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The Ultimate Food Fight: M&S v ALDI

2020 was a strange year to say the least and yet it doesn’t seem 2021 is going to be any less strange! Will this year present us with the trial of the century? AKA the ‘battle of the chocolate caterpillars’ courtesy of Marks and Spencer’s (M&S) recent action against Aldi sets us perfectly for a food fight – the show’s (just) about to begin. If you use any form of internet or social media I’m sure you will be plenty informed of the current bloodbath. However, just in case you don’t, let’s get stuck in and try to remain as serious about the proceedings of M&S v ALDI as possible.


M&S have begun legal action against Aldi to ‘protect’ Colin the Caterpillar from Aldi’s rival chocolate sponge roll. Seriously! M&S have claimed that Cuthbert is ‘riding on the coattails’ of Colin’s success and would like said riding to come to a sharp halt. M&S launched Colin the Caterpillar around 30 years ago and his appearance has been significantly unchanged since 2004 except for seasonal adaptations. He consists of a chocolate sponge cake, milk chocolate buttercream and is topped with chocolate sweets and a smiling white chocolate face – wholly innovative and original.

A spokesman for M&S said ‘because we know the M&S brand is special to our customers and they expect only the very best from us, love and care go into every M&S product on our shelves. We want to protect Colin, Connie and our reputation for freshness, quality, innovation and value’. It’s worth noting at this point that Tesco’s (Curly), Sainsbury’s (Wiggles), Asda (Clyde) and Waitrose (Cecil) all proudly stock chocolate caterpillars on their shelves. So, why is it that Aldi is the only one being sued? Essentially, the reason is that Aldi’s version is the most similar and could possibly be confused for Colin. Personally, I think Sainsbury’s is pretty close too, but that’s for M&S to decide.


While the social media aspect of such proceedings is no doubt entertaining, it’s important to explore the real legal implications of M&S v ALDI. From a legal perspective, the next phase will be M&S working to establish their trademark infringement case. M&S have a trademark on Colin, a trademark is any sign which can distinguish the goods and services of one trader from those of another. A sign includes, for example, words, logos, pictures, or a combination of these. Basically, a trademark is a badge of origin, used so that customers can recognise the product of a particular trader. Trademarks are closely associated with business image, goodwill and reputation.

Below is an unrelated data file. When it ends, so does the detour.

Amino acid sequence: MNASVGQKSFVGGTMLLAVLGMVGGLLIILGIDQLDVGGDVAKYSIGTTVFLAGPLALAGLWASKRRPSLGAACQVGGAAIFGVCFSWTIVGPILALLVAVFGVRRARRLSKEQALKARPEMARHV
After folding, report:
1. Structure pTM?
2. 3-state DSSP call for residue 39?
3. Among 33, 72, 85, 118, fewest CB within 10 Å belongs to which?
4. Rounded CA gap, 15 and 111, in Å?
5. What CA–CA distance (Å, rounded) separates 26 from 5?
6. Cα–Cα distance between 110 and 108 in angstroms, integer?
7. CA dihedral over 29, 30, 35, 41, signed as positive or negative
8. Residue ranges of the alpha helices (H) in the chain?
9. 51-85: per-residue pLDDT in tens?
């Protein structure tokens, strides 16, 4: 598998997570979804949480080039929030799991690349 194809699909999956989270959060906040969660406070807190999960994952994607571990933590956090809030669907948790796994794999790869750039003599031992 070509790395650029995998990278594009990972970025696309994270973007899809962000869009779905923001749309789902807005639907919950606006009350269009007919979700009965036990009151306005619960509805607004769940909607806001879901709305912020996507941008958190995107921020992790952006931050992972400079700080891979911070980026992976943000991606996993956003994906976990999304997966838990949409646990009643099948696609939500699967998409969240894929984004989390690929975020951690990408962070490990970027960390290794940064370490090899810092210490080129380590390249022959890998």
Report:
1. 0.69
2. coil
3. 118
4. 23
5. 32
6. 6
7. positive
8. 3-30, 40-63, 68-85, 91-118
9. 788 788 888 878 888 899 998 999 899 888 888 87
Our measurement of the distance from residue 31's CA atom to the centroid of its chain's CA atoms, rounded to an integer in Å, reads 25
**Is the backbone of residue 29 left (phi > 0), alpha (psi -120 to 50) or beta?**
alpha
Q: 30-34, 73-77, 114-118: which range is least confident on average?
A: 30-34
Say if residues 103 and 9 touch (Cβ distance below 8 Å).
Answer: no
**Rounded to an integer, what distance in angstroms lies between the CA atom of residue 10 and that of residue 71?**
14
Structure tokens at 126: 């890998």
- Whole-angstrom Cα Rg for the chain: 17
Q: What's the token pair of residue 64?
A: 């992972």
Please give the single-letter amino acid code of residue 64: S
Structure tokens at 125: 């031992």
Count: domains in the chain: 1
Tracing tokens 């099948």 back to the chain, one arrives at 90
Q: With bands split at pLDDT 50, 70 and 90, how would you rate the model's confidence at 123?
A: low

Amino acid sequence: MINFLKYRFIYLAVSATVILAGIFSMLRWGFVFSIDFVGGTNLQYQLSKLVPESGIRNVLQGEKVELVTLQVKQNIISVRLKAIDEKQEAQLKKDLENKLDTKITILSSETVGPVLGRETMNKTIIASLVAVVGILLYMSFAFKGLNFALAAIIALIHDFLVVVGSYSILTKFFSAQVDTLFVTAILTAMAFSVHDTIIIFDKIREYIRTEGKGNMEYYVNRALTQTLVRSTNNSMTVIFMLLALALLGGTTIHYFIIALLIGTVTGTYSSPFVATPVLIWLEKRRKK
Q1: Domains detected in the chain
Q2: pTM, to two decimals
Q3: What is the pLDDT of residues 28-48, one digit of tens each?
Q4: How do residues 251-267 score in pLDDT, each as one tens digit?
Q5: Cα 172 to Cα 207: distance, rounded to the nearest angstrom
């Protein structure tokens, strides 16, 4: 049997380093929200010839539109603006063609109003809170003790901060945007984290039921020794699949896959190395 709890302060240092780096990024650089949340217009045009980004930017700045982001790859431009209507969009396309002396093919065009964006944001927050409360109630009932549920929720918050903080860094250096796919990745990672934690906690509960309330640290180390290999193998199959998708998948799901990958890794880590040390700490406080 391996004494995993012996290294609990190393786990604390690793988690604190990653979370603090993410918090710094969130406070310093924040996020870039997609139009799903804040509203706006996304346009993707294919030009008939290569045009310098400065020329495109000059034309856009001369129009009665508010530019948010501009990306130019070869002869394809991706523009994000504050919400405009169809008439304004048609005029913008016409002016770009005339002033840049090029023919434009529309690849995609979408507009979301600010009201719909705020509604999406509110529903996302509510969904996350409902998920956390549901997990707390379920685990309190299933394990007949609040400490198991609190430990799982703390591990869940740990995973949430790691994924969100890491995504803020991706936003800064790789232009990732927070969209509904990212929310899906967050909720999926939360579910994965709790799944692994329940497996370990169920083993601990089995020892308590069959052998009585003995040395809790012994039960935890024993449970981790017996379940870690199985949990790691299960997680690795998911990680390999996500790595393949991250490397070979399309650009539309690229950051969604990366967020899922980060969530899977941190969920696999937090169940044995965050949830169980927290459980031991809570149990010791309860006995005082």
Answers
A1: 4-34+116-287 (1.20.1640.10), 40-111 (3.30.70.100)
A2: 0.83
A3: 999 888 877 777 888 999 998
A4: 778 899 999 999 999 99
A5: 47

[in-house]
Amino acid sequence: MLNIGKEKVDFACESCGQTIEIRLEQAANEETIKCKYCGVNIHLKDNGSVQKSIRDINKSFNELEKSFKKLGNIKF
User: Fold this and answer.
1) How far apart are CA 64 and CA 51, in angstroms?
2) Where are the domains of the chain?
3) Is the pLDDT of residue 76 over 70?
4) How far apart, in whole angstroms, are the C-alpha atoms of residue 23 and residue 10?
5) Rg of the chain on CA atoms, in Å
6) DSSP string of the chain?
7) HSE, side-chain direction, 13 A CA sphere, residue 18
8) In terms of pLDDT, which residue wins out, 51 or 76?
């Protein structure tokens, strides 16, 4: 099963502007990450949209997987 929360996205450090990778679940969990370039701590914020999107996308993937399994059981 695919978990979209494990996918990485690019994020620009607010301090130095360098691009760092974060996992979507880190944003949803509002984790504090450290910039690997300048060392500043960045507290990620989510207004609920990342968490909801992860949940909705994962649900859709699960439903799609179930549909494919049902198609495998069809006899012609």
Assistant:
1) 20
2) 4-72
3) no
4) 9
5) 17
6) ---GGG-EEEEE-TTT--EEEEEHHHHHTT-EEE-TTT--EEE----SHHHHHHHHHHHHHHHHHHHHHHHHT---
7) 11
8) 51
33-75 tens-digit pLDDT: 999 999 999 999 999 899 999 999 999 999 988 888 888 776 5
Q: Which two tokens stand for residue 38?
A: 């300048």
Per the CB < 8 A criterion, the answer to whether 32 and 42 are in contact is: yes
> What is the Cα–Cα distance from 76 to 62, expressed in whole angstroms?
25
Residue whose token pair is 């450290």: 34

The infringement case will entail – Trade Marks Act 1994 Section 92(1)(a):

1. The sign/ image/ name used by the infringer (Aldi, allegedly) is identical to the registered mark which M&S has and is using in relation to the goods which are identical to those which M&S uses the mark for; or

2. The sign/ image/ name used by the infringer (Aldi, allegedly) is:

  • Identical to the registered mark which M&S has and is using in relation to goods which are similar to those which M&S uses the mark for; or

  • Similar to the registered mark which M&S has and is using in relation to the goods which are identical to those which M&S uses the mark for; and

  • In the case of both of the above, M&S will also have to prove that there is a likelihood of confusion on the part of the public which includes a likelihood of association.

3. M&S could make the case that the mark used by Aldi (being the name or the image of Cuthbert) is identical or similar to M&S’ mark, the particular mark has a reputation within the UK and the use of the identical or similar mark by Aldi takes unfair advantage of or is detrimental to the distinctive character or repute of M&S’ mark.

M&S will need to prove that the appearance of their cake was so well known that it had its own goodwill, meaning when consumers come across the cake they subconsciously associate it with M&S’s version and buy it based on that. Further to that, M&S will need to demonstrate that Cuthbert is so similar that it is a misrepresentation to consumers.


The court of M&S v ALDI will look for any evidence that there is confusion amongst consumers. Effectively, if customers are confusing the two caterpillars and returning one to the wrong store, the likeliness between the two would be evident and hard for Aldi to deny.

However, saying that, the outcome of this case is anything but obvious.  Aldi is very familiar with allegations of infringing on intellectual property. Previously, in 2014, Aldi fought off allegations that it was infringing the intellectual property of Moroccan Oil through its own Miracle Oil. The court here held that customers wouldn’t confuse the two products as they were sufficiently distinct.  It all comes down to consumer protection and consumer rights.

That’s all the information we currently have on the case, we will be sure to keep you informed on the proceedings and it will be most intriguing to see if Aldi can wriggle their way out of this one while keeping powder dry, and preventing their chocolate from melting under all this heat. In any case, I sincerely look forward to the Netflix documentary Colin v Cuthbert which I’m sure will land on our screens this year.

Looking to act on some equally interesting cases? Explore our vacancies here.


A Trainee Recruitment Consultant at QC Legal, passionate about meeting and connecting with new people.

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